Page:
Gore Vidal, the author, once said that people should never turn down the opportunity to have sex or be on television. Having seen television recently, I doubt he meant to equate the pleasures of sex with the experience of being on TV; rather, I suspect, he was trying to suggest that America is a land of opportunity, and that it would thus be un-American and potentially rude for a citizen of this country to turn down one opportunity or the other. I’m not sure. Many people might assume that the act of appearing on television validates lived experience in a manner similar to the way that intercourse can be life-affirming, or that no other media genre, aside from pornography, substantiates human life quite as efficiently as talk shows, news programs, documentaries, or reality TV, what with their unsubtle characterizations and narrative constructions of divulgence, discovery, and revelation, of conflict and climax, of resolution. Conclusions are drawn, quite often, predictably, to include a moral in the end. Representation matters, I guess, in that it’s probably fun to see your literal self represented on some show. But then again, maybe not. As David Hockney once told the art critic Martin Gayford, “CNN likes to think it is showing you reality, whereas you might argue it’s simply showing you crappy art.” I like having sex. In regard to that activity, I prefer John Waters’s oft-repeated advice much more than I do Vidal’s: “If you go home with somebody, and they don’t have books, don’t fuck ’em.”
Sometime during the early 1990s, Waters was featured at home (a manse replete with stacks of crowded bookshelves) on an episode of Lifestyles of the Rich and Famous, a TV program that used to offer viewers a good gawk at just how extremely well a few people lived in those days. Waters was somewhat hard to take seriously on that show—that is, as an opulent person of supposed extraordinary wealth—but I believe he may have been aware of the situation’s absurdity. During one brief vignette, Waters refuses to answer a phone call his assistant says is from Mother Teresa. A little later we see him enjoying himself at Club Charles, a local Baltimore dive bar.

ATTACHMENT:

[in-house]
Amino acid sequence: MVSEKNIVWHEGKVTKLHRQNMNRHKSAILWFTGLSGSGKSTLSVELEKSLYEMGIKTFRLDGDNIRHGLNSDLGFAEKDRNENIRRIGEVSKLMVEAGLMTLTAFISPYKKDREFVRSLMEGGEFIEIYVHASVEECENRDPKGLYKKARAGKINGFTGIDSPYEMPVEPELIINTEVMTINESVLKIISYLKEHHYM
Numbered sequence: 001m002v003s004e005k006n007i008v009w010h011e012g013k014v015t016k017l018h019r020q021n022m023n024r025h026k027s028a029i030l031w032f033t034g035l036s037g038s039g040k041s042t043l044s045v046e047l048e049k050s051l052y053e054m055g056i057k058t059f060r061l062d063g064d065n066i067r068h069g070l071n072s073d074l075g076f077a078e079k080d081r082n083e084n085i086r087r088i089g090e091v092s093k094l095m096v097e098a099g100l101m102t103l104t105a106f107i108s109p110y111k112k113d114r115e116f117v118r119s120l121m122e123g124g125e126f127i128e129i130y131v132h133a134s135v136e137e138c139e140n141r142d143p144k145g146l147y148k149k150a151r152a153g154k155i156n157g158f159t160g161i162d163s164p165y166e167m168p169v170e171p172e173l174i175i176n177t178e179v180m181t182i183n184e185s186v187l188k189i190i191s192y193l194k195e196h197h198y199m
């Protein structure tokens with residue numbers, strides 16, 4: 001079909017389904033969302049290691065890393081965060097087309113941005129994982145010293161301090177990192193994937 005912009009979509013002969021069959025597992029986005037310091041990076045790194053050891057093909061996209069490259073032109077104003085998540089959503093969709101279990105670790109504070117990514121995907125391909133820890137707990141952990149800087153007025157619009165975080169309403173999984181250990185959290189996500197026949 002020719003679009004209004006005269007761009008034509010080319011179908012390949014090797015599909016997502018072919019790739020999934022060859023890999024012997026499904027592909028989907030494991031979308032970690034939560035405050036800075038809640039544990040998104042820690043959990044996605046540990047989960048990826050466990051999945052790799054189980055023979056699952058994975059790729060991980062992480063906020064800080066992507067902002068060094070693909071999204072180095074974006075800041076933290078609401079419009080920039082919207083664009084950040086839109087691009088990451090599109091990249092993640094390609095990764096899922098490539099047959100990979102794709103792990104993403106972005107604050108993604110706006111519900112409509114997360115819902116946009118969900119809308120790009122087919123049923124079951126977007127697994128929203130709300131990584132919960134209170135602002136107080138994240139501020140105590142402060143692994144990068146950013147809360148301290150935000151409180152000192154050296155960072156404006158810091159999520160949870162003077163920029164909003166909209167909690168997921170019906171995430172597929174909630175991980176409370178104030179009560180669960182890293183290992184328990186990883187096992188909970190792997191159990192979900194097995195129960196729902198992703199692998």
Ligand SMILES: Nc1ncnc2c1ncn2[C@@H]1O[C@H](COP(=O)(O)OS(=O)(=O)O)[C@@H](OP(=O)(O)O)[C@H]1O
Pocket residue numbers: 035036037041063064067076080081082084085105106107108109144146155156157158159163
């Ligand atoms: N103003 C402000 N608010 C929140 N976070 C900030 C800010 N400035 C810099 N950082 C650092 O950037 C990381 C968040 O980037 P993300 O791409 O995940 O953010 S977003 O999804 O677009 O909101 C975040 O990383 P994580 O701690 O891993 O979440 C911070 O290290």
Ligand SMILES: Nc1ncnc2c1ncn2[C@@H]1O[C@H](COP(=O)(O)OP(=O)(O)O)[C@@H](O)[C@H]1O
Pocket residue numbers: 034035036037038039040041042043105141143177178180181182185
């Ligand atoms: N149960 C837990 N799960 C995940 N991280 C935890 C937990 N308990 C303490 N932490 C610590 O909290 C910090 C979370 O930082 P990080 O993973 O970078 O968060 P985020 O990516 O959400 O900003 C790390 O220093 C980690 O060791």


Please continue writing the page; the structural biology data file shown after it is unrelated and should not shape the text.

On the topic of Baltimore, he tells Lifestyles: “I live here because I’m inspired here by it, it’s home sweet home. I wish everybody stayed home, where they grew up. Think about how great America would be. You’d go to Indiana to be on David Letterman . . . It’d be much more fun, instead of just going to two cities.”
Year earlier, in 1982, Waters was a guest for the first time on Late Night with David Letterman, along with his longtime muse, the orotund drag queen known as Divine. The show was taped in New York. Divine sings a song (“Born to Be Cheap”) before the three of them chat. Waters and Divine were promoting their fifth feature-length film together, 1981’s Polyester. Six years later, in 1988, they would celebrate the release of a bona fide crossover hit, Hairspray. It was their final collaboration. Three weeks after the film’s national premiere, Divine would be dead of a heart attack.
Letterman asks Waters how he discovered Divine:
“I first saw Divine and I just thought: ‘raw beauty.’ We lived in the same neighborhood, and because to me beauty is looks that you can never forget, and I’ve walked down the street with Divine and seen car accidents happen.”
Divine: “Then you know you look good.”
Later, Letterman asks Waters about his point of view as a filmmaker. Waters says, “I find humor in all the things that are terrible about America and things that people have anxiety about. . . . There’s a lot of crime in my films. In Female Trouble, Divine plays a person that wants to get the electric chair because she wants crime so much that that’s like getting the Academy Award in her profession.”
Despite having never won an Academy Award, Waters is probably America’s most beloved living auteur. It has been necessary for him to learn how to appear on television. We know this not only because we’ve seen him do it countless times, but because he’s a celebrity, and celebrities are supposed to appear on-screen as part of their role in society. However, the remarkable thing about Waters—whose much-acclaimed film work is shockingly depraved, and whose signature look is decidedly, perfectly odd—is the sizable cadre of off-putting, nontelegenic, and yet unforgettably wonderful performers he’s thrust into the spotlight. They appear before his camera as truly weird but inspired iconoclasts, known collectively as “the Dreamlanders,” with Divine utmost among them. Waters hired the Dreamlanders from within his own local friend network to act out deplorable plotlines against God and country, all shot on location within the ugly confines of Baltimore, a city slightly south of the Mason-Dixon Line and far, far away from New York or Los Angeles.